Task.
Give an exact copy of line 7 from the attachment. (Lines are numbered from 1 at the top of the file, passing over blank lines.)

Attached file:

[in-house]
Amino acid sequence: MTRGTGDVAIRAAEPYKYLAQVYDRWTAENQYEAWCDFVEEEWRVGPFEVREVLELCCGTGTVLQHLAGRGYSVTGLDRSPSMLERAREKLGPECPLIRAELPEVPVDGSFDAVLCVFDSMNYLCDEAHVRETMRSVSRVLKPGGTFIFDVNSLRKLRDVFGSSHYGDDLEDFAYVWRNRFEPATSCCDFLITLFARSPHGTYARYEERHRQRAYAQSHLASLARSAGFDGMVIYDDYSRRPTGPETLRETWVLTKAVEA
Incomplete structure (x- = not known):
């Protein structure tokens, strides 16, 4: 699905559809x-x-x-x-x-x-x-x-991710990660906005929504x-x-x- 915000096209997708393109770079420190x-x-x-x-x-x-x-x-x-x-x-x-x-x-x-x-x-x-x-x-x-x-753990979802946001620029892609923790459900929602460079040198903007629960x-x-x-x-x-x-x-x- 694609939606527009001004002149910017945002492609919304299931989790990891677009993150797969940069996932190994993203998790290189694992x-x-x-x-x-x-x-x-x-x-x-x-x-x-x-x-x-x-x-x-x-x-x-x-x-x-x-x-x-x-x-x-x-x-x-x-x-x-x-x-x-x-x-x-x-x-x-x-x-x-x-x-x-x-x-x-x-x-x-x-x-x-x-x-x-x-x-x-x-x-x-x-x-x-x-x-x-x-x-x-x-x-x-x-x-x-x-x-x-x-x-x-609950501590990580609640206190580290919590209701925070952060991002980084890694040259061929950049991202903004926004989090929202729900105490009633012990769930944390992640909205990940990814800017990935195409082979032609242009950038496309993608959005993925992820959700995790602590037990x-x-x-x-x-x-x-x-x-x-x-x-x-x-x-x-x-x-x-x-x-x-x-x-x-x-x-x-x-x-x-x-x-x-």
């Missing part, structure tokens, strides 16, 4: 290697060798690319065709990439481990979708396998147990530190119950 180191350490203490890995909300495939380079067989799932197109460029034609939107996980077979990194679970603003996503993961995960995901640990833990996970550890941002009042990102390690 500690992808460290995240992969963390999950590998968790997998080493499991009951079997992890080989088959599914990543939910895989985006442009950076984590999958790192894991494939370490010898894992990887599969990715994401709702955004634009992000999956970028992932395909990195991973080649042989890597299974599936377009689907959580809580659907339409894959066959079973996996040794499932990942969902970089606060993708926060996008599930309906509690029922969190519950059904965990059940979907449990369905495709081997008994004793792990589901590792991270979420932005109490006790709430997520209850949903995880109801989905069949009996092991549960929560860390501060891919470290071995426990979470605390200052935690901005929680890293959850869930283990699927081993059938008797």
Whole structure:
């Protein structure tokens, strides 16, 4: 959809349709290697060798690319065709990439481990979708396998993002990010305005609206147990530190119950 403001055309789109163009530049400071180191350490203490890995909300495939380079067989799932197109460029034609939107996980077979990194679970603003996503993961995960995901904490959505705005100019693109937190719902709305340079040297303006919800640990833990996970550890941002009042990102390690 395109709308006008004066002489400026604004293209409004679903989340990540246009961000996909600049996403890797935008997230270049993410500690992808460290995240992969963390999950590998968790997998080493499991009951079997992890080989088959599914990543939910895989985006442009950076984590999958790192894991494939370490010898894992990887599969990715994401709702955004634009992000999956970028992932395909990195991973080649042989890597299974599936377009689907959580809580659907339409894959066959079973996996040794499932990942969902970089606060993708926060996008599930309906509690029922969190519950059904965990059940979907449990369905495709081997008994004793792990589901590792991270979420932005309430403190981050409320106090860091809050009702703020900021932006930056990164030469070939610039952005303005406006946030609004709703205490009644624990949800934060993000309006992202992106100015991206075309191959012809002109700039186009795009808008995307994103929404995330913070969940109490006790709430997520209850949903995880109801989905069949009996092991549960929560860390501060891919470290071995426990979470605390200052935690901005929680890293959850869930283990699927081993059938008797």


């Protein structure tokens, strides 16, 4: 959809349709290697060798690319065709990439481990979708396998993002990010305005609206147990530190119950 403001055309789109163009530049400071180191350490203490890995909300495939380079067989799932197109460029034609939107996980077979990194679970603003996503993961995960995901904490959505705005100019693109937190719902709305340079040297303006919800640990833990996970550890941002009042990102390690 395109709308006008004066002489400026604004293209409004679903989340990540246009961000996909600049996403890797935008997230270049993410500690992808460290995240992969963390999950590998968790997998080493499991009951079997992890080989088959599914990543939910895989985006442009950076984590999958790192894991494939370490010898894992990887599969990715994401709702955004634009992000999956970028992932395909990195991973080649042989890597299974599936377009689907959580809580659907339409894959066959079973996996040794499932990942969902970089606060993708926060996008599930309906509690029922969190519950059904965990059940979907449990369905495709081997008994004793792990589901590792991270979420932005309430403190981050409320106090860091809050009702703020900021932006930056990164030469070939610039952005303005406006946030609004709703205490009644624990949800934060993000309006992202992106100015991206075309191959012809002109700039186009795009808008995307994103929404995330913070969940109490006790709430997520209850949903995880109801989905069949009996092991549960929560860390501060891919470290071995426990979470605390200052935690901005929680890293959850869930283990699927081993059938008797």